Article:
Library staff at the new Riverview Public Library, which opened on January 13. Shown above are Karen Johnson Slaton, Tammy Cutlip, Allison Wever and Jason Steward.

By Bob Zoellner

In 1881, there were only a few public libraries in the world. As Andrew Carnegie decided to give away most of his wealth and promote the idea of free public libraries, the idea grew rapidly to now virtually every community having its own library.

Riverview has the newest one.

Opening in mid-January, the new 35,000-square-foot building at 9951 Balm Riverview Rd. opened its doors to provide curbside service to the Riverview, Gibsonton and Apollo Beach areas. The previous facility on Riverview Dr. closed, which was a much smaller library with only 8,000 square feet that served its patrons for over 40 years. That building now reverts back to Mosaic, which donated the use of the building while it was a library.

Librarians had already seen 72 customers take advantage of its services by 4 p.m. on opening day, January 13, more than any other day at the previous location during the COVID-19 protocols, according to staff.

“The new branch features a recording studio, makerspace, Early Learning Hive and an expanded children’s room,” said Chely Cantrell, the Library Brand Innovation officer for the Tampa-Hillsborough County Public Library system.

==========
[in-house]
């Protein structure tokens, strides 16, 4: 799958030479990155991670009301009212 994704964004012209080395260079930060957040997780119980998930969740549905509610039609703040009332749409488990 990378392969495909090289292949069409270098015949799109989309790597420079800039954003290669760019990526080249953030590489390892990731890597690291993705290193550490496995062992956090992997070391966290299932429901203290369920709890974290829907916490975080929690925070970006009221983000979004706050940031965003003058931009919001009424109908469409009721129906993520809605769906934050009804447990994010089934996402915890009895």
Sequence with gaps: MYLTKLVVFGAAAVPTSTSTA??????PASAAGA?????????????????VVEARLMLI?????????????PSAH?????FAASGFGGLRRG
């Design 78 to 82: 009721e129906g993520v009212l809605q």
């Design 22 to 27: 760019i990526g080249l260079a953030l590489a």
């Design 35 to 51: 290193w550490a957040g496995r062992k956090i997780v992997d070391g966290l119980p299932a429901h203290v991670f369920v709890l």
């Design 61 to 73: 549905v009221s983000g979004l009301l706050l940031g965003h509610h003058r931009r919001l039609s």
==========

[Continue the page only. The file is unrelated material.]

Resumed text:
Cantrell has spent 15 years working in libraries, including the last six with Tampa-Hillsborough County, focusing on community engagement, public relations and learning experiences.

“Although not currently open to the public, the Riverview library is offering curbside pickup via appointment,” Cantrell said. “Customers can browse the library’s collections on HCPLC.org and place materials on hold.”

“Once the items are ready for pickup they schedule an appointment and pick up their materials via a contact-free curbside option,” added Cantrell.

One of 27 libraries in the system, each one has different protocols in place, although none allow patrons to come in and linger with their materials. Some locations have a 25 percent occupancy, which is mainly to browse and for materials pickup or to use a computer for up to an hour. Others have curbside pickup only at the moment. With the uncertainty of COVID-19 still lingering, it is impossible to predict when each location will be full-service again, Cantrell said.

The best way to see what is offered is to go onto the website at https://www.hcplc.org/locations and find the branch desired, including the Riverview Public Library.

To reserve materials at the new Riverview location for curbside pickup, call or text 955-4898 and provide your name and the last four digits of your library card. For more information and other library services, call 273-3652.